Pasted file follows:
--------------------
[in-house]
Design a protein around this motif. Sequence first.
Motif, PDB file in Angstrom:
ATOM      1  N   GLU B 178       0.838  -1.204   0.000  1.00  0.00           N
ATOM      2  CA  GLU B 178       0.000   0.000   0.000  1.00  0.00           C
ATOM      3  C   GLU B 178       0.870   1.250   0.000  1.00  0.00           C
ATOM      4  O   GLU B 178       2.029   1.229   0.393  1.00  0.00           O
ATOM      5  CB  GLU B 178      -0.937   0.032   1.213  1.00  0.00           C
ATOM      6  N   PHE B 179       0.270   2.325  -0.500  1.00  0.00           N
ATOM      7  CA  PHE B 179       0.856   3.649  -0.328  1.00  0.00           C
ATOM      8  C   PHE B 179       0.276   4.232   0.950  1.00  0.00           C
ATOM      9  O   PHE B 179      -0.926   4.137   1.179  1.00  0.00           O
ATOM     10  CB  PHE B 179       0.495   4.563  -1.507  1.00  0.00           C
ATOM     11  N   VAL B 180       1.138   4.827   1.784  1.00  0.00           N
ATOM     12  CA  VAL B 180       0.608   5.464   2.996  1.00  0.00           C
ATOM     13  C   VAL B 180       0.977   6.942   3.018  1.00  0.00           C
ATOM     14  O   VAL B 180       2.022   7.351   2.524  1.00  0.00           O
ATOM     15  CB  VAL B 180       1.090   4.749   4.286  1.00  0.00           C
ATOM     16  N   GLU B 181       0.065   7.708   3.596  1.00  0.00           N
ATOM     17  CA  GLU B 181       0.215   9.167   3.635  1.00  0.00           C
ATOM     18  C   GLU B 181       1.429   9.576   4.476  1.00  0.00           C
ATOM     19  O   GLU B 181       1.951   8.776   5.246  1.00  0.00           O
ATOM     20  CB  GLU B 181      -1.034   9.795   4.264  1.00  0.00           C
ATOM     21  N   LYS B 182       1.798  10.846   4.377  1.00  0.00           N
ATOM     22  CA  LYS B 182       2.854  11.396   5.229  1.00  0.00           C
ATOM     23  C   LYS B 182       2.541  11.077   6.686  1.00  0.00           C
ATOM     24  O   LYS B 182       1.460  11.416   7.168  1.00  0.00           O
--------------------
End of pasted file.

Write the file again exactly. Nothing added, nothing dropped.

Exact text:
[in-house]
Design a protein around this motif. Sequence first.
Motif, PDB file in Angstrom:
ATOM      1  N   GLU B 178       0.838  -1.204   0.000  1.00  0.00           N
ATOM      2  CA  GLU B 178       0.000   0.000   0.000  1.00  0.00           C
ATOM      3  C   GLU B 178       0.870   1.250   0.000  1.00  0.00           C
ATOM      4  O   GLU B 178       2.029   1.229   0.393  1.00  0.00           O
ATOM      5  CB  GLU B 178      -0.937   0.032   1.213  1.00  0.00           C
ATOM      6  N   PHE B 179       0.270   2.325  -0.500  1.00  0.00           N
ATOM      7  CA  PHE B 179       0.856   3.649  -0.328  1.00  0.00           C
ATOM      8  C   PHE B 179       0.276   4.232   0.950  1.00  0.00           C
ATOM      9  O   PHE B 179      -0.926   4.137   1.179  1.00  0.00           O
ATOM     10  CB  PHE B 179       0.495   4.563  -1.507  1.00  0.00           C
ATOM     11  N   VAL B 180       1.138   4.827   1.784  1.00  0.00           N
ATOM     12  CA  VAL B 180       0.608   5.464   2.996  1.00  0.00           C
ATOM     13  C   VAL B 180       0.977   6.942   3.018  1.00  0.00           C
ATOM     14  O   VAL B 180       2.022   7.351   2.524  1.00  0.00           O
ATOM     15  CB  VAL B 180       1.090   4.749   4.286  1.00  0.00           C
ATOM     16  N   GLU B 181       0.065   7.708   3.596  1.00  0.00           N
ATOM     17  CA  GLU B 181       0.215   9.167   3.635  1.00  0.00           C
ATOM     18  C   GLU B 181       1.429   9.576   4.476  1.00  0.00           C
ATOM     19  O   GLU B 181       1.951   8.776   5.246  1.00  0.00           O
ATOM     20  CB  GLU B 181      -1.034   9.795   4.264  1.00  0.00           C
ATOM     21  N   LYS B 182       1.798  10.846   4.377  1.00  0.00           N
ATOM     22  CA  LYS B 182       2.854  11.396   5.229  1.00  0.00           C
ATOM     23  C   LYS B 182       2.541  11.077   6.686  1.00  0.00           C
ATOM     24  O   LYS B 182       1.460  11.416   7.168  1.00  0.00           O